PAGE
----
This preoccupation has undergone several mutations over the course of Richards’s career—his earlier fiction is more markedly concerned with social justice and the efficacy of the social gospel, his later work with the need for personal redemption—but the mystique and the moral corrosiveness of power have remained a constant. Tony Tremblay notes that “Richards is obsessed with the menace of power in society, a menace which he sees as perpetually conspiring to destroy the individual’s interior search for God.”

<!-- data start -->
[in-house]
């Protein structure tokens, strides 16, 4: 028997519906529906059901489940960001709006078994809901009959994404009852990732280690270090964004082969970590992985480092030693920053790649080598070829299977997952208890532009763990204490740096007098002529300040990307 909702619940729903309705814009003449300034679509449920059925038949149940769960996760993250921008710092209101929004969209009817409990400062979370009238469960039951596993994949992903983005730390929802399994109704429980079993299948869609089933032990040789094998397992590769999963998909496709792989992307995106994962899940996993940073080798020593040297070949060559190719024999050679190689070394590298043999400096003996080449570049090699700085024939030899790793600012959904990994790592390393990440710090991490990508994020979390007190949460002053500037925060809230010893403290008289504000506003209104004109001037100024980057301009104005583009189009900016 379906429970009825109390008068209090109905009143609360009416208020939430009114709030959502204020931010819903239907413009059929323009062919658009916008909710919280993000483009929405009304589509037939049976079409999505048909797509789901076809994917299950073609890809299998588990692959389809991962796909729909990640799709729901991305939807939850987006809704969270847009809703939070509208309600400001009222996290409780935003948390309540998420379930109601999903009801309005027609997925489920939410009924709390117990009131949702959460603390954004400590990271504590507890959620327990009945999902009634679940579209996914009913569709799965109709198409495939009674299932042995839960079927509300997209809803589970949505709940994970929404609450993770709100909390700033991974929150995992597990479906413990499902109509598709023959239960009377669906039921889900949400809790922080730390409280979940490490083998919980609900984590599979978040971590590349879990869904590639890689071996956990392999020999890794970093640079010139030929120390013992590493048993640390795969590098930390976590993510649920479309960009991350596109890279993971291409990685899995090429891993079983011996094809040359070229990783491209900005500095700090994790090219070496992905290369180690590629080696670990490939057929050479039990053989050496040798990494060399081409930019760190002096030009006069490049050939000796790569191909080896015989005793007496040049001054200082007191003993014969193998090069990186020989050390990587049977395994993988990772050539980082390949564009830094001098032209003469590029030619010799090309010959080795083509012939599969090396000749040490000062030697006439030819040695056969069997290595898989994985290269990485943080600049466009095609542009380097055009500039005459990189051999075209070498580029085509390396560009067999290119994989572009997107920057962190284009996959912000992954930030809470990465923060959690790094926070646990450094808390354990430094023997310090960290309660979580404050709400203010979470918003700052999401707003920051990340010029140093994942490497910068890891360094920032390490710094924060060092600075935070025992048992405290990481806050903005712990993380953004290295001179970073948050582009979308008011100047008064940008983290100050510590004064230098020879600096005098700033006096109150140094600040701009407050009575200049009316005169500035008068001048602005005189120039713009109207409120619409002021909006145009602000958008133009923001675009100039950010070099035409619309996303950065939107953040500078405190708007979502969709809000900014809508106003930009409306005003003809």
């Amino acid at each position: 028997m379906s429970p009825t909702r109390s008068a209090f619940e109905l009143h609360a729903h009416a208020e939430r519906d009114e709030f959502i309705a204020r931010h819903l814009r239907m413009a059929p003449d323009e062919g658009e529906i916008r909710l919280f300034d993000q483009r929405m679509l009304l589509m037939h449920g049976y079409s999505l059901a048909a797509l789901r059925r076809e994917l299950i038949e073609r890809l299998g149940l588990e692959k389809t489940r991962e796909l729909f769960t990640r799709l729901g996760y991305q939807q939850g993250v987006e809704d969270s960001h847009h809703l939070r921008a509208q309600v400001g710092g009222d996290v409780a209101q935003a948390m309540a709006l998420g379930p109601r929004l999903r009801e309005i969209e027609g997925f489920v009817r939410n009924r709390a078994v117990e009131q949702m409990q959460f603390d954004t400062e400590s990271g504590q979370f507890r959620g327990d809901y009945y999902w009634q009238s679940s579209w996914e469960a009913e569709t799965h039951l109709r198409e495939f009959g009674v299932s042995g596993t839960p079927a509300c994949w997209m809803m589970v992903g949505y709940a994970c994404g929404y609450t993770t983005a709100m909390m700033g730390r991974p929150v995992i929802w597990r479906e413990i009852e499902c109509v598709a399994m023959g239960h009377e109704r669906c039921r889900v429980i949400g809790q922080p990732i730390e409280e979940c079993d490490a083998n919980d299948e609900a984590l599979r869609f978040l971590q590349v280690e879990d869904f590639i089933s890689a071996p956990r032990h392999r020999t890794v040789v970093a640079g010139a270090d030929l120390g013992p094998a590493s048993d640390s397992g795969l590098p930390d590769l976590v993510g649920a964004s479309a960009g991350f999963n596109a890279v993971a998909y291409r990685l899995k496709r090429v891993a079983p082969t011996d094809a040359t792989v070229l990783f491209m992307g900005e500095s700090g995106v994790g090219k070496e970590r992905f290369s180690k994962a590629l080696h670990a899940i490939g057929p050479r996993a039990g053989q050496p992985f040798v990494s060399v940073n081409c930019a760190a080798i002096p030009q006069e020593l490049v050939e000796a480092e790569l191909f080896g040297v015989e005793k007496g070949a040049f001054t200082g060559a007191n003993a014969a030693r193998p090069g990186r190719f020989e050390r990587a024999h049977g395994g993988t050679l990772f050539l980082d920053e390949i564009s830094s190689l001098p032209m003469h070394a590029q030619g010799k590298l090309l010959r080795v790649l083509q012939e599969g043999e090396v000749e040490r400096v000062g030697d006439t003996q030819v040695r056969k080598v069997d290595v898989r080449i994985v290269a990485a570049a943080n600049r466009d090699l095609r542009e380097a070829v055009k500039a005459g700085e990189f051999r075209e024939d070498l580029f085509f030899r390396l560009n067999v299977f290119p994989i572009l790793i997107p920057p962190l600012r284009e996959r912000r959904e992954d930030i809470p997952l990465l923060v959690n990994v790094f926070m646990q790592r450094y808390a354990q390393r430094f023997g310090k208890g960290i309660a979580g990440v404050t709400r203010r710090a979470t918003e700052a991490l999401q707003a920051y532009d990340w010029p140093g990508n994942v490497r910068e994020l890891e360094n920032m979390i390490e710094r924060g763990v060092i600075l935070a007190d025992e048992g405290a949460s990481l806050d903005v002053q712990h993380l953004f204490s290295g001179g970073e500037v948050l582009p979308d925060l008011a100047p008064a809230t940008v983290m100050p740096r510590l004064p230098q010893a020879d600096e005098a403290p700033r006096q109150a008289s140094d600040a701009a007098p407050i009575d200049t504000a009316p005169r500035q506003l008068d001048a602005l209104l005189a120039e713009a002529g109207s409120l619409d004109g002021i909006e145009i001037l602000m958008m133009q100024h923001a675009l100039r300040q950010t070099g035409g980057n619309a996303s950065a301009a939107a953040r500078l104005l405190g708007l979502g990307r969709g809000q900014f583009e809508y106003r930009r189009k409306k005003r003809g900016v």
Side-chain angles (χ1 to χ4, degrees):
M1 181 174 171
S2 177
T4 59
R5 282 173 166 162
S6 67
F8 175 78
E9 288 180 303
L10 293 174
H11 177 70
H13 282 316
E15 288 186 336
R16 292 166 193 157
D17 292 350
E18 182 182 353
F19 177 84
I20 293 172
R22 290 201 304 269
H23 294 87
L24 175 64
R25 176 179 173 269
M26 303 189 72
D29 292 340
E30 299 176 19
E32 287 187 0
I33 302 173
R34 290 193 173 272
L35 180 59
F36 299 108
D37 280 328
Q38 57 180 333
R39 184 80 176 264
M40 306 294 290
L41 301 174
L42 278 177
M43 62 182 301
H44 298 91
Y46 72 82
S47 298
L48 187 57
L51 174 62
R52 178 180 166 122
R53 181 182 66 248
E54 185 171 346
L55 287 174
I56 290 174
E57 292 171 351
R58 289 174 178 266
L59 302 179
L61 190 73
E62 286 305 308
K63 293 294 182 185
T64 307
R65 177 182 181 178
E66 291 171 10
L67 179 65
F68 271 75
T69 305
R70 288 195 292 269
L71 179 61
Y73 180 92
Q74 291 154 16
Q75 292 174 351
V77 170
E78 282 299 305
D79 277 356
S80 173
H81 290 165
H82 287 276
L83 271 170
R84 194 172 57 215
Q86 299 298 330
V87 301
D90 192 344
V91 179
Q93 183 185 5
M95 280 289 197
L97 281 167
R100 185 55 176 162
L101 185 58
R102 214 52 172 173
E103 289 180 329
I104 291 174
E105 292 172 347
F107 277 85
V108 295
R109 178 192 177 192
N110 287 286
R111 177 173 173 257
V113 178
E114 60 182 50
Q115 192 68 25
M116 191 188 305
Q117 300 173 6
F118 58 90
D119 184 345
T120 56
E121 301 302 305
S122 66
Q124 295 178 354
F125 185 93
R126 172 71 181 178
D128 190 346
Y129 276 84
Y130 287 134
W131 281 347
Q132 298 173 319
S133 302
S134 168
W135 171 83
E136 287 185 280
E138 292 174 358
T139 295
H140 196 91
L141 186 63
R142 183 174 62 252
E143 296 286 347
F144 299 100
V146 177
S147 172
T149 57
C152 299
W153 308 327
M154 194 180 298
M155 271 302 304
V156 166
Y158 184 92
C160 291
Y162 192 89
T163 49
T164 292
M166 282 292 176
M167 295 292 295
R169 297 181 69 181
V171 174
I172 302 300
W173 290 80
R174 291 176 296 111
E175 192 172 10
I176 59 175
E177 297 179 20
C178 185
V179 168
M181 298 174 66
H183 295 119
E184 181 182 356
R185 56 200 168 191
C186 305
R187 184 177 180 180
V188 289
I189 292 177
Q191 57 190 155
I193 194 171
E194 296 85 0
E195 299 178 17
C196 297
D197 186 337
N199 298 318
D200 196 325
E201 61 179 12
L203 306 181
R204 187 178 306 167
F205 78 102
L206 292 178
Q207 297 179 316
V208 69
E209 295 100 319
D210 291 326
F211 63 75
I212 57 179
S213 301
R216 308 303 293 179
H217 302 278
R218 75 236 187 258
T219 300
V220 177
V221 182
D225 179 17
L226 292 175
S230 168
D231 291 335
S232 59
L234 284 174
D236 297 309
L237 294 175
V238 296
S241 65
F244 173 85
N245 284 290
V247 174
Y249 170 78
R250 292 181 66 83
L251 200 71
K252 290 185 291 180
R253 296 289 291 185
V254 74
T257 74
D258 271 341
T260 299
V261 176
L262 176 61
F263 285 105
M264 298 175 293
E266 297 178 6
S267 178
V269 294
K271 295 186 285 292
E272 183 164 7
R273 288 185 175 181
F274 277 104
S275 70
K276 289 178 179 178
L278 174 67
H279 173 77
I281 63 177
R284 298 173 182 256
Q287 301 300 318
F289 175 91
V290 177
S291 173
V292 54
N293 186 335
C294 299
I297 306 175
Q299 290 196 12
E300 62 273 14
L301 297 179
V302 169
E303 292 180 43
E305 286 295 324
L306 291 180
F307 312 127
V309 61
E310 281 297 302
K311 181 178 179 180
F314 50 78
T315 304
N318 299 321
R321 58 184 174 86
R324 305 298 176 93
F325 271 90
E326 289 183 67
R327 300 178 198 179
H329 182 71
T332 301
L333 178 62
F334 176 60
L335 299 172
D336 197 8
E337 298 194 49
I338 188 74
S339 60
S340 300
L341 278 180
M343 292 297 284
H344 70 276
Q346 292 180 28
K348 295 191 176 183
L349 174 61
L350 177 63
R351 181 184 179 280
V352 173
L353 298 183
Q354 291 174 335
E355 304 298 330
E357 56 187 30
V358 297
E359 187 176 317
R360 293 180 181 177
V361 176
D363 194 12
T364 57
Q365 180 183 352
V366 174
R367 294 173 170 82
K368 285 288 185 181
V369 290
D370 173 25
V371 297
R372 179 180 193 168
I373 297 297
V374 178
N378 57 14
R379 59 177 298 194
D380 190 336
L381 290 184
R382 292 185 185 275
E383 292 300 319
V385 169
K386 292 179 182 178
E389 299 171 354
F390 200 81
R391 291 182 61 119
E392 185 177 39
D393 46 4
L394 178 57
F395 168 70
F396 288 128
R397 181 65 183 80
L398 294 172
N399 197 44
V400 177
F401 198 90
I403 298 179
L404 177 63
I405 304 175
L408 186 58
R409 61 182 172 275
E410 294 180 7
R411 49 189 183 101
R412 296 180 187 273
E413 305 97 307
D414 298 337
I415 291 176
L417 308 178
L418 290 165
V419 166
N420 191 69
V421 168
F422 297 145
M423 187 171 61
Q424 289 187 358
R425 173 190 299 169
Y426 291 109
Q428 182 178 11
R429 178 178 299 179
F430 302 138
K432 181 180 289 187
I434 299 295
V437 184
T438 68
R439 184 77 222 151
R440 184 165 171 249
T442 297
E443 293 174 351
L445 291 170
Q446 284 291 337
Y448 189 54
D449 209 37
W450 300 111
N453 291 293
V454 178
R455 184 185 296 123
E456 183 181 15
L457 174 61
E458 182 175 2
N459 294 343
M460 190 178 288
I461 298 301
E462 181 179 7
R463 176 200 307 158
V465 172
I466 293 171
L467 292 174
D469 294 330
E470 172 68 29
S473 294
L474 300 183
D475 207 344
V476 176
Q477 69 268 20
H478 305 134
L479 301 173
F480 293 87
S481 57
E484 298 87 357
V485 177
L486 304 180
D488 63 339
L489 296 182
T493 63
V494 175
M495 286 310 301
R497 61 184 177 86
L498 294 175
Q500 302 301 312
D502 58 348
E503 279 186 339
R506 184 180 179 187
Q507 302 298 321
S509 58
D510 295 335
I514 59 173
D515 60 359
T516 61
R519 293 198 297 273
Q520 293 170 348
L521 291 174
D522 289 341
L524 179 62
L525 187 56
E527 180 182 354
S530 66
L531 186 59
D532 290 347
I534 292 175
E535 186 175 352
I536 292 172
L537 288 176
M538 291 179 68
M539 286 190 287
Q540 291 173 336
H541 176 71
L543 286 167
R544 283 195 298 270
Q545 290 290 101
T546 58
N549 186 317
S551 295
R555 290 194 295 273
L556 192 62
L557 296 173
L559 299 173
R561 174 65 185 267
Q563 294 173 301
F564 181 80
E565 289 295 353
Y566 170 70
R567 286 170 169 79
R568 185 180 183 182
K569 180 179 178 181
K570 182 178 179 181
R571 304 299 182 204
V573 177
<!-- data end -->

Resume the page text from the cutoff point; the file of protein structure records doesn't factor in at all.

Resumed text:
The quest for God—a credible God and not the construct of an academician ill at ease with the Incarnation—sets Richards’s purpose in God Is. Establishing at the outset his habitual animosity toward the powerful, he reminds his readers of the demonic record of villainy set down by the likes of Nero, Napoleon, Hitler, and Stalin. The last enjoys a special place in Richards’s inferno. “Stalin’s war was fought against the very presence of God,” he writes. “Goebbels might have said that Hitler was too great a man to be compared with Christ, but we think of Stalin as the man who needed to obliterate him.” The divinization of Stalin—and the eradication of alternate deities—represents for Richards the public horror that visits humanity when the individual qua individual is annihilated. Stalin embodies the supreme negation of the other, the perfect representation of power as the evacuation of all personal meaning and dignity. Stalin, then, isn’t just a historical figure, but a philosophy—one of ruthless control over the individual and contempt for human freedom.